You don’t have to be a taphophile (a person fascinated by death and cemeteries) to appreciate the eerie allure of graveyards. Ok, so it’s a little morbid, but at least these beautiful cemeteries aren’t – from their rich history to the scenery and landscapes, they’re actually…quite heavenly.
#1 La Recoleta
Where: Buenos Aires, Argentina
What: In 2013 CNN named this the most beautiful cemetery in the world and it’s easy to see why: thousands of marble mausoleums, ornate carvings and architecture makes it an magnificent display of funerary art. Among those buried there are presidents, Napoleon’s grand daughter, and First Lady of Argentina Eva Peron whose grave is one of the most visited ones in the complex.
#2 Waverley Cemetery
Where: Sydney, Australia
What: First opened in 1877, this cemetery located on a hill in the suburbs east of Sydney is known for its Victorian and Edwardian monuments, plus have you seen the view? Not only is it beautiful for the mausoleums and the white stone angels that perch on graves, add to that the Australian sky that’s almost always clear blue and the crashing waves of the Tasman Sea beyond – you could say, this is real estate that’s literally to-die-for (har har).
#3 Père Lachaise
Where: Paris, France
What: Located in the 20th arrondissement, Père Lachaise attracts more than 1.5 million visitors a year who come to pay their respects to the many famous names buried here including Oscar Wilde, Edith Piaf, Marcel Proust – and you’ll almost always find groupies hanging around Jim Morrison’s grave. With its tall trees, cobbled walk paths and intricate mausoleums and tombstones, it’s beautiful all year round (except maybe at night when you’re alone).
TLN Tip: Come in autumn, when the trees are orange and gold – it’s the perfect place for romance, poetry and debating the meaning of life a la Francais.
Where: Mount Koya, Japan
What: This is one of the most sacred places in Japan for the mausoleum of Kōbō-Daishi (aka Kukai), founder of Shingon Buddhism. Some 200,000 graves and tombstones lead up to his mausoleum in a forest setting, and at night, 10000 lanterns light up the paths. Aside from Kōbō-Daishi, many monks and historical figures are buried here, though there are someoddities: prepare to see monuments dedicated to termites killed by pesticide companies, puffer fish that have lost their lives to chefs, a giant coffee cup honouring a coffee corporation’s employees and a rocket monument for an aerospace company (don’t ask).
#5 Kensal Green Cemetery
Where: London, England
What: Inspired by Paris’ Père Lachaise, Kensal Green encompasses 72 acres of land to include over 65,000 graves with countless ornate mausoleums, tombstones and statues, three chapels catering to people of all faiths, and two conservation areas. It’s not all marble and concrete – its surroundings are pretty lush, so there are lots of chirping birds (the cemetery is home to at least 33 species) and other wildlife – the best final resting spot, really.
#6 Green-Wood Cemetery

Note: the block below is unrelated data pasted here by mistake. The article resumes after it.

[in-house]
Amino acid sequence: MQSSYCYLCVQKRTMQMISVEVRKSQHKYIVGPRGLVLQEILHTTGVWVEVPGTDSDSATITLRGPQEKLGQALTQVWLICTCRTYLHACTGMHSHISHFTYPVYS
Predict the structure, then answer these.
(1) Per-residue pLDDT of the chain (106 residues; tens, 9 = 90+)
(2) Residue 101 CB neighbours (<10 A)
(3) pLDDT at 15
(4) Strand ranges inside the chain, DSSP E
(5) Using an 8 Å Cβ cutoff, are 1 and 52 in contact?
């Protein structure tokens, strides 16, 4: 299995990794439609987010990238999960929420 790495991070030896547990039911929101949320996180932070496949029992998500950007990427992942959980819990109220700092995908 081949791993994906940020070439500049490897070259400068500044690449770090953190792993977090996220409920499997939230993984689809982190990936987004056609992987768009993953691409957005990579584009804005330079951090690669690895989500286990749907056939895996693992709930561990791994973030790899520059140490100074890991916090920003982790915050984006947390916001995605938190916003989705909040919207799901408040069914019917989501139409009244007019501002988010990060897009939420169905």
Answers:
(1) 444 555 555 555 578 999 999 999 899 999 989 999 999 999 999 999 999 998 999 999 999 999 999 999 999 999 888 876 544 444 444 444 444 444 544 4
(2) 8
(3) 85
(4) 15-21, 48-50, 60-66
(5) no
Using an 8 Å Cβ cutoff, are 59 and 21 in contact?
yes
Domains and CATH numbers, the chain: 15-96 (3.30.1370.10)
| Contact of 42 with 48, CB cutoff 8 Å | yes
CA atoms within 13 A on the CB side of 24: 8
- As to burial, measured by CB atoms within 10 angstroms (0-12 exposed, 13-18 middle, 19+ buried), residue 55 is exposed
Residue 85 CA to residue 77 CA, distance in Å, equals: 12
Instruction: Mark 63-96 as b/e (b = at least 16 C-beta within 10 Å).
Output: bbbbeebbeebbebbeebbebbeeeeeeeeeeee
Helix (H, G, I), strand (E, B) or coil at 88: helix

Where: Brooklyn, New York
What: A national historic landmark in the U.S., this beautiful cemetery is set on a sprawling lush green land (hence the name, we think) in Brooklyn, boasting stunning views of the Manhattan skyline. With its impressive display of intricate monuments and names that read out like Page Six of the New York Post; among those buried here include members of the city’s high society, scientists, musicians, baseball legends and Civil War veterans.
#7 Merry Cemetery
Where: Sapanta, Romania
What: This unique cemetery is famous for very brightly coloured gravestones decorated with paintings, descriptions and epitaphs of the deceased’s lives. As a result, it’s likened to a colourful open air museum where visitors can learn about the occupants and the history of the city’s residents.
#8 Xoxocotlan Cemetery
Where: Oaxaca, Mexico
What: Dating back to the 1500s, this densely packed cemetery is difficult to maneuver around (the graves are close together) – and that’s on a normal day. On October 31st (a holiday celebrating the Day of the Dead), thousands of visitors flock to the cemetery and you can bet that it’ll be packed. Whatever the case, it’s a beautiful sight to behold as musicians serenade through the night and families picnic, eat and drink in their loved ones’ honour.
#9 Lafayette Cemetery No. 1
Where: New Orleans, Louisiana
What: Do you religiously watch (ahem) The Vampire Diaries and its spinoff, The Originals? The latter’s first episode was filmed here, as were bits of the fourth season of The Vampire Diaries. In a city famous for supernaturals mythology and voodoo rites, we think this 18th-century cemetery’s got a natural cryptic appeal (it’s also dubbed The City of the Dead).
#10 Forest Lawn Memorial Park Cemetery
Where: Los Angeles, California
What: Perched on Hollywood Hills overlooking some of the top Hollywood studios, Forest Lawn is the final resting place of some of the biggest names in Tinseltown history: Marilyn Monroe, Michael Jackson, Brittany Murphy, Paul Walker, Bette Davis and the ostentatious Liberace are but a few of them. The sprawling grounds are green and well manicured, and we’re sure its famous occupants wouldn’t have it any other way.